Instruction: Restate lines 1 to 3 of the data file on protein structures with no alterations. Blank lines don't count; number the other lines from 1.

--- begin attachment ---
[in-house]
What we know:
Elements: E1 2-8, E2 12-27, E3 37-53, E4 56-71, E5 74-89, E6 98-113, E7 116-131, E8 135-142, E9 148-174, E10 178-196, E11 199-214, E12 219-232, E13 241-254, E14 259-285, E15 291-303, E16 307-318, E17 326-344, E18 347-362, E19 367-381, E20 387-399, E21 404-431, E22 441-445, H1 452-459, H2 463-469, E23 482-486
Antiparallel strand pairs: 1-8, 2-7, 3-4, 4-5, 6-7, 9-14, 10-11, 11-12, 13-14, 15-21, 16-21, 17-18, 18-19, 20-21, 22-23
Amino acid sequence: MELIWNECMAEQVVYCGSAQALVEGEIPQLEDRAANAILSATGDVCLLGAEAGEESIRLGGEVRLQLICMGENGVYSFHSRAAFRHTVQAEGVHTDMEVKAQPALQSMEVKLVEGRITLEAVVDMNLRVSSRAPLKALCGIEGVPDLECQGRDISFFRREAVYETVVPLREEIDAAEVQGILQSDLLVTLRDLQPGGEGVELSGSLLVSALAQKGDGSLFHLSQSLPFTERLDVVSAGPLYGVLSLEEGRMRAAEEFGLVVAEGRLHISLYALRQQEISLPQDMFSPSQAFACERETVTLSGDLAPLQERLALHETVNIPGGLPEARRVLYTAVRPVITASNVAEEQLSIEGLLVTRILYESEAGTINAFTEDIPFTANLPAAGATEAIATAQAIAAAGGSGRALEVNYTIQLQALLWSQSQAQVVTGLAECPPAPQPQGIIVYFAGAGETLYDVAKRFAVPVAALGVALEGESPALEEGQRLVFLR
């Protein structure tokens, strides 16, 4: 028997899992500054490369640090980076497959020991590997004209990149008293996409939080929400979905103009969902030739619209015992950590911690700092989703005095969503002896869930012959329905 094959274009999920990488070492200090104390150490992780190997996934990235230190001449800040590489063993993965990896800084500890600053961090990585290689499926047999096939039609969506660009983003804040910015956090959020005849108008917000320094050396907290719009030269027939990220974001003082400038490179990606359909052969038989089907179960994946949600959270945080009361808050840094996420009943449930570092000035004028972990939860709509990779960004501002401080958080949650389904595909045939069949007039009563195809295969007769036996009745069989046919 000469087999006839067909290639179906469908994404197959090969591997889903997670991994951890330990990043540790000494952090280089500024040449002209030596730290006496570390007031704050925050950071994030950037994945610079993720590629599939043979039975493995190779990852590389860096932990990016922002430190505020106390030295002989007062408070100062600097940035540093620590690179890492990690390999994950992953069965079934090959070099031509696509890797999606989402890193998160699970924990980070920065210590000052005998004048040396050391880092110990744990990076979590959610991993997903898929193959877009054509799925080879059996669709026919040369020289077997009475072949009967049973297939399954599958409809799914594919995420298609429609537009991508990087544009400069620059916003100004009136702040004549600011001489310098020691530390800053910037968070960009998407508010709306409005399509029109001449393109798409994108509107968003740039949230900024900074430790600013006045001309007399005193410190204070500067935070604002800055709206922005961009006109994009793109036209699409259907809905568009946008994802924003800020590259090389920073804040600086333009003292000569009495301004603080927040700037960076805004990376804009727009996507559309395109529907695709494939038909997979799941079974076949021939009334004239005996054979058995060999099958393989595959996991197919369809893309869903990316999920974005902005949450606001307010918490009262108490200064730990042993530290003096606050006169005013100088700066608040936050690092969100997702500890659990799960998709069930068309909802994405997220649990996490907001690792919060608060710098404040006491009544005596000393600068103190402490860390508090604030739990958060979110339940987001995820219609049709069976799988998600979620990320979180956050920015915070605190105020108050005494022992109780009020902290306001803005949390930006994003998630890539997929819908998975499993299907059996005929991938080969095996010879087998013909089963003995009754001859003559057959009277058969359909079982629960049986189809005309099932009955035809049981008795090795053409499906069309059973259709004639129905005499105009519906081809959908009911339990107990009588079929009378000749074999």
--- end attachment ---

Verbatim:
[in-house]
What we know:
Elements: E1 2-8, E2 12-27, E3 37-53, E4 56-71, E5 74-89, E6 98-113, E7 116-131, E8 135-142, E9 148-174, E10 178-196, E11 199-214, E12 219-232, E13 241-254, E14 259-285, E15 291-303, E16 307-318, E17 326-344, E18 347-362, E19 367-381, E20 387-399, E21 404-431, E22 441-445, H1 452-459, H2 463-469, E23 482-486